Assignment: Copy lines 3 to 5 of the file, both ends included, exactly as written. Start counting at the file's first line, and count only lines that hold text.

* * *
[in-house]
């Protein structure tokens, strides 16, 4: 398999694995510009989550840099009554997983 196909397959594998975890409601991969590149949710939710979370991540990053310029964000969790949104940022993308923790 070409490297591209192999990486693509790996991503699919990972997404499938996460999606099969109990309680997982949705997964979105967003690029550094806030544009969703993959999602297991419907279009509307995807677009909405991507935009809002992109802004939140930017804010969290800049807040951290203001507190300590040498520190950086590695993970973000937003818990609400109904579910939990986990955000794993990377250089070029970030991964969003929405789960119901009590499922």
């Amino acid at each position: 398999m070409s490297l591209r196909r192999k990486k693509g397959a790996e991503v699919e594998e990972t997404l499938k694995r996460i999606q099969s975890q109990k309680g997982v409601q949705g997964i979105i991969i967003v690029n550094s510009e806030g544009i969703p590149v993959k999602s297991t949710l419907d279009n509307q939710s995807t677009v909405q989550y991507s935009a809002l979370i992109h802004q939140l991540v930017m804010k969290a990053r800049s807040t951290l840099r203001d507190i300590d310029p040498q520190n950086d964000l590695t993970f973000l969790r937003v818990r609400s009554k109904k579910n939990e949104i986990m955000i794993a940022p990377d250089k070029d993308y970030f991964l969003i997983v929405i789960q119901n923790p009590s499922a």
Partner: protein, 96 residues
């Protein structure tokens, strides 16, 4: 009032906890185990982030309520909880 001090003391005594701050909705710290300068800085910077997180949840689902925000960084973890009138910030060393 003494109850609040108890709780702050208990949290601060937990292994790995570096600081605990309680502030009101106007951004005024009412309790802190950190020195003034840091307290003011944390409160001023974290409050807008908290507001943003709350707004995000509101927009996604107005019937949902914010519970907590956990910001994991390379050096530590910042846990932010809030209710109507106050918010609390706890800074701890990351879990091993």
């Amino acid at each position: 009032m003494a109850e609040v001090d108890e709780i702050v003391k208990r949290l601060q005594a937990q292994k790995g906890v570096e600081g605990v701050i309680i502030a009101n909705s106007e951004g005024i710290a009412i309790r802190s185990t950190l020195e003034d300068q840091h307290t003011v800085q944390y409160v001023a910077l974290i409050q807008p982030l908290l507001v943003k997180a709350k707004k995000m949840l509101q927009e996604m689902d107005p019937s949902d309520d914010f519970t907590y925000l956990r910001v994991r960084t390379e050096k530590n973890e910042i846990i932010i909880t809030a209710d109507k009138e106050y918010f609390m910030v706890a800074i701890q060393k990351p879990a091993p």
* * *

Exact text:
């Amino acid at each position: 398999m070409s490297l591209r196909r192999k990486k693509g397959a790996e991503v699919e594998e990972t997404l499938k694995r996460i999606q099969s975890q109990k309680g997982v409601q949705g997964i979105i991969i967003v690029n550094s510009e806030g544009i969703p590149v993959k999602s297991t949710l419907d279009n509307q939710s995807t677009v909405q989550y991507s935009a809002l979370i992109h802004q939140l991540v930017m804010k969290a990053r800049s807040t951290l840099r203001d507190i300590d310029p040498q520190n950086d964000l590695t993970f973000l969790r937003v818990r609400s009554k109904k579910n939990e949104i986990m955000i794993a940022p990377d250089k070029d993308y970030f991964l969003i997983v929405i789960q119901n923790p009590s499922a």
Partner: protein, 96 residues
């Protein structure tokens, strides 16, 4: 009032906890185990982030309520909880 001090003391005594701050909705710290300068800085910077997180949840689902925000960084973890009138910030060393 003494109850609040108890709780702050208990949290601060937990292994790995570096600081605990309680502030009101106007951004005024009412309790802190950190020195003034840091307290003011944390409160001023974290409050807008908290507001943003709350707004995000509101927009996604107005019937949902914010519970907590956990910001994991390379050096530590910042846990932010809030209710109507106050918010609390706890800074701890990351879990091993």